Re­view Cather­ine Cleary eats at Wilde restau­rant in the West­bury

Wilde restau­rant in the West­bury has style, am­bi­tion and lorry- loads of flavour

The Irish Times Magazine - - NEWS - CATHER­INE CLEARY

There’s a same­ness about bad ho­tel restau­rants. They’re filled with din­ers who are too tired or un­ad­ven­tur­ous to ven­ture out, staffed by peo­ple who are less than pushed about daz­zling any­one. The tone is one big shoul­der shrug of “it’ll do”. It may be the break­fast ef­fect. A few hours af­ter down­ing your dessert fork, you might be fish­ing mar­malade out of a jar at the same ta­ble. Ho­tel din­ing rooms can be places where am­bi­tion goes cold and more than a bit rub­bery around the edges.

All that bag­gage is trundling with me to the West­bury on a Fri­day night to try Wilde restau­rant. I can re­sist ev­ery­thing but the temp­ta­tion to make ass ump­tions. The West­bury is a hemmed- in build­ing. It doesn’t have the grand vis­tas of Dublin’s other posh ho­tels, tucked as i t i s be­hind side streets with coach park­ing out the back. So the ho­tel turns its back on the city ( and the cen­tury – the theme here is the 1930s) and tries in­stead to cre­ate clubby spa­ces such as Wilde.

This restau­rant is on the first floor, one deck up from Balfes, the ho­tel’s other, more ca­sual of­fer­ing. There’s a long, hand­some room lit with a line of orb lanterns set to the il­lu­mi­na­tion level of a back­room seance. We’re sit­ting on the “cov­ered gar­den ter­race”, which looks out over Harry Street and can be opened to the el­e­ments. Tonight the plas­tic win­dows ( they’re nicer than that sounds) are closed to seal out the chill. There are painted rat­tan chairs and cosy rugs. Ivy has been trained up the walls be­tween the win­dows. The fo­liage is fake, which is a bit heart- sink­ing, but made up for by the el­e­gance of the rest of the room and our round mar­ble ta­ble.

And then my pol­ished set of as­sump­tions are prop­erly squashed by a joy of a meal. Some­one has made a jar of fer­mented car­rot. So what? Well, this is the kind of stuff we pic­ture a chef- pa­tron do­ing in her tiny kitchen, burp­ing the jar twice a day and tast­ing the veg­eta­bles stew­ing in their own funk un­til they’re ready to serve to a hand­ful of lucky peo­ple at a pop- up. Jar burp­ing ( trust me, it’s a thing in the fer­men­ta­tion world) is not work we as­so­ciate with a busy kitchen scram­bling bot­tled eggs for break­fast. But here it is. The car­rot slaw has a great funky fizz to go with soft- shell crab in a feath­ery coat of bat­ter. There’s a s mall cube- shaped pot of black bean Name and Ad­dress, Wilde, The West­bury, Harry Street, Dublin 2, 01- 6463352 Mu­sic: Spillover from the bar/ lobby Food prove­nance: Skeaghanore duck, Castle­town­bere scal­lops and Car­ling­ford oys­ters Fa­cil­i­ties: Fine Wheel­chair ac­cess: Yes Veg­e­tar­ian op­tions: Lim­ited THE VER­DICT: Great heart­felt food in a smart ho­tel set­ting. soy- rich sauce to root all the guy ropes down like a tent peg. Th­ese three el­e­ments are as bril­liant a com­bi­na­tion as I’ve had in those more be­spoke places where they wear dark aprons and take them­selves very se­ri­ously.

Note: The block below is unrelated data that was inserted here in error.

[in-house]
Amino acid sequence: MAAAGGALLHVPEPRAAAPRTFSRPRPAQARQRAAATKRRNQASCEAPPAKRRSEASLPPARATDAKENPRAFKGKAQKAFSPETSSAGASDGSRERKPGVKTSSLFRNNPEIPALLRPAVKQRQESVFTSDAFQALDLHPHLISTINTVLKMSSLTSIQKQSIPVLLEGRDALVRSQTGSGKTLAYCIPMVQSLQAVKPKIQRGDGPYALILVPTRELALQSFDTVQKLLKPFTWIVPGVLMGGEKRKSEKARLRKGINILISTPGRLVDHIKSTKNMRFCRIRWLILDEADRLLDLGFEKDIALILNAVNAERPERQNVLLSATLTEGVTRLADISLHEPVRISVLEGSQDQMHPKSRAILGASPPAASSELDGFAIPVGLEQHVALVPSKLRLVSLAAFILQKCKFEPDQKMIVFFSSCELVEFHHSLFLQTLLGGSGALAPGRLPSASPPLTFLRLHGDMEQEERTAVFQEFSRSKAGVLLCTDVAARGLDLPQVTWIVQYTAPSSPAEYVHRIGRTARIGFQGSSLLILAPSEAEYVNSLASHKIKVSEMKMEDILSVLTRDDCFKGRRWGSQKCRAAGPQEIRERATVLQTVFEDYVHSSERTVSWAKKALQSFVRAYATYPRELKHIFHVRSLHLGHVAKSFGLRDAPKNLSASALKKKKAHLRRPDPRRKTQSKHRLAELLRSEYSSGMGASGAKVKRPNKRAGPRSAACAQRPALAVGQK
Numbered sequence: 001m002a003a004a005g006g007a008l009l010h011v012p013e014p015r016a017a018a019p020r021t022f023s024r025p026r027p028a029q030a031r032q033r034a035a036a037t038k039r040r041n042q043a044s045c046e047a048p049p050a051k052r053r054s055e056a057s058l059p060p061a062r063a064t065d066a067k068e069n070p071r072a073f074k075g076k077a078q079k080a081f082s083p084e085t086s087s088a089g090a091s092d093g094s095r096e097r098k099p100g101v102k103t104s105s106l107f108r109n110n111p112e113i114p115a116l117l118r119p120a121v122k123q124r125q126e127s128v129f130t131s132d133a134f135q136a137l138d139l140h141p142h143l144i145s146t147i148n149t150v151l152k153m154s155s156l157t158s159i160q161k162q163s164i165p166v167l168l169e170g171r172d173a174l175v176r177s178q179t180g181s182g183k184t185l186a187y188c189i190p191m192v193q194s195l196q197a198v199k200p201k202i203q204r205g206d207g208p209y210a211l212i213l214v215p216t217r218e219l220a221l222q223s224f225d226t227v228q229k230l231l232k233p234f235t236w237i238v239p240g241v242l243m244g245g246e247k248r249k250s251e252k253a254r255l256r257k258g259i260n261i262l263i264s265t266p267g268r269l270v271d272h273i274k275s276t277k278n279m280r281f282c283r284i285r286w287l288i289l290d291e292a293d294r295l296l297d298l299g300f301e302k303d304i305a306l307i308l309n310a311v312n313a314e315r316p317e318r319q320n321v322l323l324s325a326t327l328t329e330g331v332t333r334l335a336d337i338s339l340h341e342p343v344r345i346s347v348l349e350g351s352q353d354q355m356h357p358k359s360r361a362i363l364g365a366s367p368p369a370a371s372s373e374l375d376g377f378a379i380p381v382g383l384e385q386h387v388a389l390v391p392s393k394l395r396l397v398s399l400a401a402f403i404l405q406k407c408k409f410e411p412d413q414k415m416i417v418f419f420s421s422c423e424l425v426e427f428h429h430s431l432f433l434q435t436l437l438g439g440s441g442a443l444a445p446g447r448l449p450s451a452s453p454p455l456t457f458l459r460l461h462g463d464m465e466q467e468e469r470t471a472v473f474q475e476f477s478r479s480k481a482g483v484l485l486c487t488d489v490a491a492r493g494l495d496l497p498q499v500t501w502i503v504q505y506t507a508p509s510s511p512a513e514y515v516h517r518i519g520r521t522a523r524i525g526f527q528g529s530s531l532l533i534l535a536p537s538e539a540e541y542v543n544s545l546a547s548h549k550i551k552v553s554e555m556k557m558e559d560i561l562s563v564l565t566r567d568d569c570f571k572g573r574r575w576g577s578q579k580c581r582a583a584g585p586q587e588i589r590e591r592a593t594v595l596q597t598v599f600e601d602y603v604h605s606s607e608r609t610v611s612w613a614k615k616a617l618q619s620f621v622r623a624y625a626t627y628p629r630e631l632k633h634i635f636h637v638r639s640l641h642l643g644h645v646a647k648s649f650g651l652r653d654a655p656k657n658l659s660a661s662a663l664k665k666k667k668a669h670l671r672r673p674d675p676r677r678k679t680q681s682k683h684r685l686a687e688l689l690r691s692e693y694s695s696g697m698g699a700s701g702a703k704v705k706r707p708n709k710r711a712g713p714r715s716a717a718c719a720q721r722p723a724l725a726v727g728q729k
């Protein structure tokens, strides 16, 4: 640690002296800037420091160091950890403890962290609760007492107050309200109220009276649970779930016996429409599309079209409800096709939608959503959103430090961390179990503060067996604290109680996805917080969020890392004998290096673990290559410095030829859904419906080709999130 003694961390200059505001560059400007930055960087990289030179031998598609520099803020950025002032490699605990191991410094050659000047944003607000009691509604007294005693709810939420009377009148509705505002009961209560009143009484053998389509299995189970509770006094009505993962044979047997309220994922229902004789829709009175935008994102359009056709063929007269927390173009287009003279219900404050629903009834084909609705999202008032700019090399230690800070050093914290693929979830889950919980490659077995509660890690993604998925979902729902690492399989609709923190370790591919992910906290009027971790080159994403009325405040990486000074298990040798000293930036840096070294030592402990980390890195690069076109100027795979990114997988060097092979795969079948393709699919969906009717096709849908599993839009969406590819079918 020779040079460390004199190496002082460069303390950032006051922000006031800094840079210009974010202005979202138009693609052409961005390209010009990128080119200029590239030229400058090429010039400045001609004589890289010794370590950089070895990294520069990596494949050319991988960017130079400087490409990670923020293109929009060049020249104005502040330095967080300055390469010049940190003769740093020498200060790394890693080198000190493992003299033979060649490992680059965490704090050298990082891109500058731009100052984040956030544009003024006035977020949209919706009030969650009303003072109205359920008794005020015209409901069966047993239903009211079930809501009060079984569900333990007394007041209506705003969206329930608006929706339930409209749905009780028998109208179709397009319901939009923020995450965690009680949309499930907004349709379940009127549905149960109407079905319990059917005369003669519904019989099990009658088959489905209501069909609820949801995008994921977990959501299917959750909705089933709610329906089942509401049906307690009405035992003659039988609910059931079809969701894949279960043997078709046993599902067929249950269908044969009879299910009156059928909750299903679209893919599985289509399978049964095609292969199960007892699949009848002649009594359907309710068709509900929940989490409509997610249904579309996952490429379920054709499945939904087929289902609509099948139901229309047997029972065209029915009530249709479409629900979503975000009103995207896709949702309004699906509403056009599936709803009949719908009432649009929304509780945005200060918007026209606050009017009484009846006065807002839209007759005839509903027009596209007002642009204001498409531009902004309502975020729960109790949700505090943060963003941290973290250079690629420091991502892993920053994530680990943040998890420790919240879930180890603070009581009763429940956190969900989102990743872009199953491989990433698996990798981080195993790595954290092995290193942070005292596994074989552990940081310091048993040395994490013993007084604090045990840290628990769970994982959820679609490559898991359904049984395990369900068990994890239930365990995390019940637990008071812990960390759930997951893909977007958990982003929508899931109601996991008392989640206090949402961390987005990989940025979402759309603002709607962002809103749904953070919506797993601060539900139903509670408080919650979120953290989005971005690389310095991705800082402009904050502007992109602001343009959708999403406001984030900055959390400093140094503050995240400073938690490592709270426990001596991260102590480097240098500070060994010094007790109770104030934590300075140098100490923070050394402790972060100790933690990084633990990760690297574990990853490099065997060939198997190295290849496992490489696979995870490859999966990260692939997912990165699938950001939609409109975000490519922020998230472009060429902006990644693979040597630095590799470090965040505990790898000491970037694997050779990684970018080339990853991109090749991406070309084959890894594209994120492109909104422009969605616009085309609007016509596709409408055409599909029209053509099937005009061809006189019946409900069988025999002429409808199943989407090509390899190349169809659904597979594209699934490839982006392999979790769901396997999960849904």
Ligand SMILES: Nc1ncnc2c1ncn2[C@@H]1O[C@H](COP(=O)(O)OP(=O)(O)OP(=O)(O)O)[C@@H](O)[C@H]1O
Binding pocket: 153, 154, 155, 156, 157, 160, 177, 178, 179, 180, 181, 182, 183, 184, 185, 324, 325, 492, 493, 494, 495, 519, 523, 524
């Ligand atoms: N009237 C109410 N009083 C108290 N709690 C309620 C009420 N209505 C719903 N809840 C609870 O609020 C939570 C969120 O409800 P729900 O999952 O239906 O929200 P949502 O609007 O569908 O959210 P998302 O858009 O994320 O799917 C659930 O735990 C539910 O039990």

My friend has a dish that sounds like a yawn but tastes so much bet­ter. Long- stem broc­coli has been cooked and then blanched to keep its crunch and colour and dressed lightly with ( I’m guess­ing) lemon and toasted sesame oil, be­fore be­ing served with oven- dried kale, cubes of sweet potato and cashew nuts for crunch. I’ve gone for an­other starter as a main. I fig­ure there’ll be enough meat in one of those beau­ti­ful west Cork Skeaghanore duck breasts ( pic­ture a reg­u­lar duck in a power pose) to satisfy. And there is. The only thing wrong with this plate is a slightly wa­tery beansprout salad that comes along­side. My com­pan­ion gets the flat iron steak, charred and smoky on the out­side, the lus­cious­ness of the meat in­side tes­ta­ment to the 28 days the meat spent age­ing. Great chips come in a cop­per pot along with an­other of juicy charred sweet­corn topped with feta so light it’s al­most still curd and strips of chilli just hot enough to bring a mild sting to the party.

A ¤ 15 plate of “minia­ture hand­made desserts” is beau­ti­ful, the five small cre­ations based on millinery de­signed by Ir­ish de­sign­ers. I’m sus­pi­cious of dessert beauty. This kind of fuss in pas­try of­ten trans­lates to a bland set of sugar bombs. But th­ese fas­ci­na­tors in food form have looks and taste, proper choco­late with a sooty dark­ness, a fluffy rasp­berry cheese­cake, a pearl made of white choco­late and sugar spun so it’s a light crunch rather than a tooth crack­ing wal­lop.

I’ll spare you the re­sults of a Google search for Os­car Wilde quotes about food. But I think the man him­self would have liked the place ( at least be­cause it’s sev­eral notches up from the food on the Os­car Wilde ferry). It’s more than a pas­tiche ho­tel restau­rant trad­ing on a fa­mous city son. It’s that de­li­cious Venn di­a­gram in­ter­sec­tion be­tween heart­felt food, whip- smart ser­vice and menu sta­ples pep­pered with more cre­ative dishes. If you hate ho­tel restau­rants, pre­pare to be hap­pily sur­prised.

Din­ner for two with a glass of wine and sparkling wa­ter came to ¤ 103

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